Estimated read time: 3-4 minutes
This archived news story is available only for your personal, non-commercial use. Information in the story may be outdated or superseded by additional information. Reading or replaying the story in its archived form does not constitute a republication of the story.
SALT LAKE CITY — As the harbormaster of the Great Salt Lake Marina looks over the many empty slips on the docks, he's struck by the drastic drop in the lake level since he moved to the marina 17 years ago.
"We are in trouble," said Dave Shearer, who regrets the loss of friends who have moved their boats out of the marina over the last decade, ahead of the receding water level.
Thirty years ago, the Great Salt Lake threatened to wash over I-80 and swamp communities near its shoreline. Today, the water level is approaching its historic low, set more than 50 years ago, and that creates problems for the environment and recreation.
"When I moved out here in 1998, this marina was almost completely full of boats," said Shearer.
The marina reached its capacity of 300 boats around 2000, said Shearer. But that's when the drought started, and water levels began to drop. By 2005, Shearer said, many owners of the big boats had taken them out of the marina because it was too shallow.
"We stayed steady, about 84 percent capacity, until this last year, when it went down to about 50 percent capacity because the lake is just so low now," he said.
"I'm hitting silt right there," said the harbormaster, poking a stick into the water next to the dock. The water is only two feet deep in the slip. Among the 150 boats left in the marina, one-third are stuck in the silt.
The Division of Forestry, Fire and State Lands is asking the Legislature for $1.5 million to dredge the Great Salt Lake Marina, Antelope Island Marina and also marinas on Utah Lake. But division spokesman Jason Curry said that funding would not complete the job.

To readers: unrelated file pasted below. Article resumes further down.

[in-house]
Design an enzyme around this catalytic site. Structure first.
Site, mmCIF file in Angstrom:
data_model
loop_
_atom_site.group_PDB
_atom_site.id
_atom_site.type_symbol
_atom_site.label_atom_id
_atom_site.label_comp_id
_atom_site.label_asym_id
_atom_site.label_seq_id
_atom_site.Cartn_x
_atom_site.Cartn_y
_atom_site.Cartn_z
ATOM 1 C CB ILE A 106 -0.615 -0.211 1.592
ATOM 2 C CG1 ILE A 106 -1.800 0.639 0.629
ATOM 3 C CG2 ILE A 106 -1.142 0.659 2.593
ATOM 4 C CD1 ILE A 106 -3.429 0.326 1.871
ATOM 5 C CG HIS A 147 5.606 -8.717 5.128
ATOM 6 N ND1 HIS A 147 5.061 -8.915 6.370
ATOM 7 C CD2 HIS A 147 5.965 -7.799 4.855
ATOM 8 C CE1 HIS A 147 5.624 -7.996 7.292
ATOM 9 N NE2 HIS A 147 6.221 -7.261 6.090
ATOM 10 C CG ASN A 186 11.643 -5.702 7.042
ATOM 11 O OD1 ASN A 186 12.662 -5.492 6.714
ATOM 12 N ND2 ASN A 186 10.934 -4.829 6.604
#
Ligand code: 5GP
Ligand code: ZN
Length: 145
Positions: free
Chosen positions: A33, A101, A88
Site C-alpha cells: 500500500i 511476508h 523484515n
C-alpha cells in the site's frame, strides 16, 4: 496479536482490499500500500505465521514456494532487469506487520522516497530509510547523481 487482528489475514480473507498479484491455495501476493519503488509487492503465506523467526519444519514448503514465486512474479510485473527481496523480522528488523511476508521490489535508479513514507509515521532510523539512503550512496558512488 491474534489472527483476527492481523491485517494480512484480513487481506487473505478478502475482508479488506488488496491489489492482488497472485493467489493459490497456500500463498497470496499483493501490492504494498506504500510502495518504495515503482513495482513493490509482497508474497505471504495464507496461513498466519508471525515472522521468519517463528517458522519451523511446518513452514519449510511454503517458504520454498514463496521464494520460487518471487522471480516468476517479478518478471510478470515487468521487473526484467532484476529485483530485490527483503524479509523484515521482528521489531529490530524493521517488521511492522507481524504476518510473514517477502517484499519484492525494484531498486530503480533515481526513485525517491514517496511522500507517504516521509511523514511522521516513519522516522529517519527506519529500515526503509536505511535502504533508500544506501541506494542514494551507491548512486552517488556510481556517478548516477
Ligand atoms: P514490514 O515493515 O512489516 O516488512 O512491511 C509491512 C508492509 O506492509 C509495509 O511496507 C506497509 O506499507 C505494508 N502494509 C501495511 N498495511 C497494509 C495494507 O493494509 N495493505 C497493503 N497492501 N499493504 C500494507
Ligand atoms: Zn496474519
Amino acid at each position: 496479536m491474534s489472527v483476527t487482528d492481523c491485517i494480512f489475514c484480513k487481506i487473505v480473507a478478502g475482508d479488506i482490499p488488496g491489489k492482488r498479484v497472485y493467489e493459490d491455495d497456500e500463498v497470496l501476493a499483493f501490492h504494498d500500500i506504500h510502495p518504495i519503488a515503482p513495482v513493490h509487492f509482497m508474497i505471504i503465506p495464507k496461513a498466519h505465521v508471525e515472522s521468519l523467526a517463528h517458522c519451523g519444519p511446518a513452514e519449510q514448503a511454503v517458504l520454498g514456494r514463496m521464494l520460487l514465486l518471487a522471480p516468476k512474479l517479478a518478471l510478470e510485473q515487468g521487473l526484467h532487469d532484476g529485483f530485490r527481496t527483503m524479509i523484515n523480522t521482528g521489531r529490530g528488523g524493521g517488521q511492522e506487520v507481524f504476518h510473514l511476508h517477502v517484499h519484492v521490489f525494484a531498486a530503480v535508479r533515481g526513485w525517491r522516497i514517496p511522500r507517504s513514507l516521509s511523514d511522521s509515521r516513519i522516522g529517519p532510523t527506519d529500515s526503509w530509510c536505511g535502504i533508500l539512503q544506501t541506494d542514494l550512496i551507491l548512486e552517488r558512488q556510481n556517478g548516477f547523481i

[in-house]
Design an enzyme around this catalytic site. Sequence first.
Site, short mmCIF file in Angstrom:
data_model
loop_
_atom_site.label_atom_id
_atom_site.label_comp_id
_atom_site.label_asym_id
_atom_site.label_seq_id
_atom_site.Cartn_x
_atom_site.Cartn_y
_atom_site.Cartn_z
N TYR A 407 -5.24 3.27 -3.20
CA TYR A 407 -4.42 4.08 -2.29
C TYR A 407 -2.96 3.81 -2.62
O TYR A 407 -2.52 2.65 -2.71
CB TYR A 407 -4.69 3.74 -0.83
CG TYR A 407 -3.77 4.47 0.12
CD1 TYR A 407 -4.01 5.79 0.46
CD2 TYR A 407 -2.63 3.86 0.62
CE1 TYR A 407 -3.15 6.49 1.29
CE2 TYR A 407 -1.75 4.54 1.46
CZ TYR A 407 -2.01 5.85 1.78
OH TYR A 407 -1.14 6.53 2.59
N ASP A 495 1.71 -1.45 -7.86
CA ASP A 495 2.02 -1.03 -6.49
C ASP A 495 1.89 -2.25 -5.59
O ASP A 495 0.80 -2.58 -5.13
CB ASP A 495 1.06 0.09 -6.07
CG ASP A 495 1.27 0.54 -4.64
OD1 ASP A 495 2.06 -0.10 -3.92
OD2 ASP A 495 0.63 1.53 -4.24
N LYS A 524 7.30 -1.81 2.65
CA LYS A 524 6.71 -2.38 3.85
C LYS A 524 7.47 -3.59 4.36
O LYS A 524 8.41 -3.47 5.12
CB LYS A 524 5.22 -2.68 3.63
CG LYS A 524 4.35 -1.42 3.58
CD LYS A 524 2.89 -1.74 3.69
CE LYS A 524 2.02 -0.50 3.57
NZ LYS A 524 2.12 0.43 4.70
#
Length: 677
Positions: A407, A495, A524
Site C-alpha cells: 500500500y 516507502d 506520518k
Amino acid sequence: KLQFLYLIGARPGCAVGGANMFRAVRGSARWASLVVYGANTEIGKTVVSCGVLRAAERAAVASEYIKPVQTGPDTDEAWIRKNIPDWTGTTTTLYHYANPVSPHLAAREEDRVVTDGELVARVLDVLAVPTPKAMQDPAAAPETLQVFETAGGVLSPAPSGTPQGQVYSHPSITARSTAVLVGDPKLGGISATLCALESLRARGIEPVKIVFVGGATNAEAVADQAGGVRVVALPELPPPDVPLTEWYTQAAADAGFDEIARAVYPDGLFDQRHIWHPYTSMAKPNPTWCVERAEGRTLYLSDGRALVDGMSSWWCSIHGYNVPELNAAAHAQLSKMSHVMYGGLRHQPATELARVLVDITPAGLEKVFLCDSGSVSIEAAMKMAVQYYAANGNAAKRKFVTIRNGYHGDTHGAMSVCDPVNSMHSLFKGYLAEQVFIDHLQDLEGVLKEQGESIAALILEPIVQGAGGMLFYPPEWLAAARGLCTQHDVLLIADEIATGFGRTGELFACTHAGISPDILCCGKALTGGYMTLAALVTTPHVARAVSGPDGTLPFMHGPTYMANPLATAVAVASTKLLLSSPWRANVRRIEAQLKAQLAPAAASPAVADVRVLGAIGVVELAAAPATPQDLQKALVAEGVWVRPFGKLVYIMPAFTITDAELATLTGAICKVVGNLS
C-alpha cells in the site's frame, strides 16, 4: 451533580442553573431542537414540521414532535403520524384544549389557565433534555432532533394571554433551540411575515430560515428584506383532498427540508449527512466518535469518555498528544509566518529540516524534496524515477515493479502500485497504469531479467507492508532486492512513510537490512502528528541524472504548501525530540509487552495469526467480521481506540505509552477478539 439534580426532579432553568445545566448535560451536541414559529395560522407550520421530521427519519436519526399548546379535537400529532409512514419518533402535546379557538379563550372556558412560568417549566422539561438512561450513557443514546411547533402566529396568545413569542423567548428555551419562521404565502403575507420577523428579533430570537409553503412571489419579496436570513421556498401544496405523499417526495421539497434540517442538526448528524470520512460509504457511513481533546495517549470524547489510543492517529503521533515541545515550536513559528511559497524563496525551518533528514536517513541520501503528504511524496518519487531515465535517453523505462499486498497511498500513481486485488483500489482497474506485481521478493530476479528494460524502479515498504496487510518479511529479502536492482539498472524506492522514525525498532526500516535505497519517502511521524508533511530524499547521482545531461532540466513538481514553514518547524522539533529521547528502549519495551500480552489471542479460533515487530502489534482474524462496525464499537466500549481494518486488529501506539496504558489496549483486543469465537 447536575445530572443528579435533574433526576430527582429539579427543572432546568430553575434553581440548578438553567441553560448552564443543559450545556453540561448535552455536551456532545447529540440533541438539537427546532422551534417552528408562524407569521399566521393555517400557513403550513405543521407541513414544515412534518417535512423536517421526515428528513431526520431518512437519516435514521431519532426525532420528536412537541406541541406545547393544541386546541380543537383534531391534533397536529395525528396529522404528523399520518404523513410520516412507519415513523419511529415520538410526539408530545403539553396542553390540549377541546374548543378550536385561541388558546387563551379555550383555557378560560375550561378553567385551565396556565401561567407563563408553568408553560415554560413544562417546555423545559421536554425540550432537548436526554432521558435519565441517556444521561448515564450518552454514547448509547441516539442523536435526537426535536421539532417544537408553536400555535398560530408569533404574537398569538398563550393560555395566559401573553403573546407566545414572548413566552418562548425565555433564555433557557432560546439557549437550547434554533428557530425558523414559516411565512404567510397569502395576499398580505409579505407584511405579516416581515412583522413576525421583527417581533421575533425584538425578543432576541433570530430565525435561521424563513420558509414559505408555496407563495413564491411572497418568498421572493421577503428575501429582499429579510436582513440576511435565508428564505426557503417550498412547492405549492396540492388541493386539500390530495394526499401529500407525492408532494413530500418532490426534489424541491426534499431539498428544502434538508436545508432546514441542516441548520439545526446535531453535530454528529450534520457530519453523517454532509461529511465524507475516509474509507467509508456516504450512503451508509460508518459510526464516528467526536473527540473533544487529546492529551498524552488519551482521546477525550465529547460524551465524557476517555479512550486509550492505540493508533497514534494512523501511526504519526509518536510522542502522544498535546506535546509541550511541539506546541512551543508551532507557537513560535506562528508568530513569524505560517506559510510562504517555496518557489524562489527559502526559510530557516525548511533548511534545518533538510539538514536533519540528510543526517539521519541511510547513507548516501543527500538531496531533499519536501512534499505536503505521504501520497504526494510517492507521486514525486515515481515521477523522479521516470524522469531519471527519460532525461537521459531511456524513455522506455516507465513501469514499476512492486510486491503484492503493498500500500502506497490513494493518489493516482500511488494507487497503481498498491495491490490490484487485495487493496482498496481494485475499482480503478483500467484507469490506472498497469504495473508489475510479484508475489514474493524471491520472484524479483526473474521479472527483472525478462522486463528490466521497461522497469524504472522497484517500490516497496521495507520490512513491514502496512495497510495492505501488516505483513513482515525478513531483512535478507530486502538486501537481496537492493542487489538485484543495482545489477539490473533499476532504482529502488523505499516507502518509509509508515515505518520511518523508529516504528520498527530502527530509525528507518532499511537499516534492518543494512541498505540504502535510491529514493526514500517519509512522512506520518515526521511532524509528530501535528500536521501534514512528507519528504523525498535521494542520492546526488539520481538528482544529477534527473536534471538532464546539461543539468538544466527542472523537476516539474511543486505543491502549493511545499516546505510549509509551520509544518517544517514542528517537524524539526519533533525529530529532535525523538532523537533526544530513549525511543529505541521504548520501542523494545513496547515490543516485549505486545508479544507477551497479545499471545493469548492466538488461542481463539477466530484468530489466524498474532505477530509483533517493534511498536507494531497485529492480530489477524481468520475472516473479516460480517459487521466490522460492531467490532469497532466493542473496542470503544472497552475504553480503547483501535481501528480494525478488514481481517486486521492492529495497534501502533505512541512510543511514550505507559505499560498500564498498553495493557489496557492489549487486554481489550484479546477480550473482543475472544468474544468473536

Today, the lake is 18 feet below its level from 15 years ago. The lake elevation is 4,193.9 feet, only two feet above its record low, set in 1963. The lake hit its record high of 4,212 feet in 1985. But, since that time, the surface area of the lake has receded from 1,500 square miles to 900 square miles.
That causes serious problems for the Great Salt Lake ecosystem, too.
Jaimi Butler, the Great Salt Lake Institute coordinator at Westminster College, is a biologist who said she has been getting to know the lake for 16 years.
"Everything that ends up there stays there, except for water, because water evaporates," she said of the terminal basin.
Lake levels are affected by evaporation and precipitation, she pointed out. Evaporation has outpaced precipitation in recent years. So the lake level continues to drop.
"Over time, we have seen the elevation of the Great Salt Lake go up and down," she said. Four years ago, the lake rose 5 feet in one year because of deep snowpack and bountiful runoff.
Butler recalled the high levels in the mid-1980s.
"When I could stand on I-80 and plunk rocks into the water," she said. "I think people really thought the Great Salt Lake was going to swallow up our whole valley."
As the water level drops, the salinity of the lake intensifies. Butler said that affects everything from the microbes living in the water and the mud to the birds feeding on the lake.
"Changing the salt content can change the entire food chain," the biologist said.
Plants, bugs and brine shrimp can still survive, and will thrive again in rising water, she said.
"I wouldn't say at this point that they are threatened," Butler said of the brine shrimp. "But there's definitely a point at which it will stress them out and they won't reproduce enough."
The shrinking lake surface also impacts lake-effect snowfall, which is critical for lake level recovery.
"Less lake: less lake effect," said Butler.
This doesn't bode well for the remaining boats in the marina.
"A lot of these boats will look for the opportunity to get out of here while the water is still high," said the harbormaster.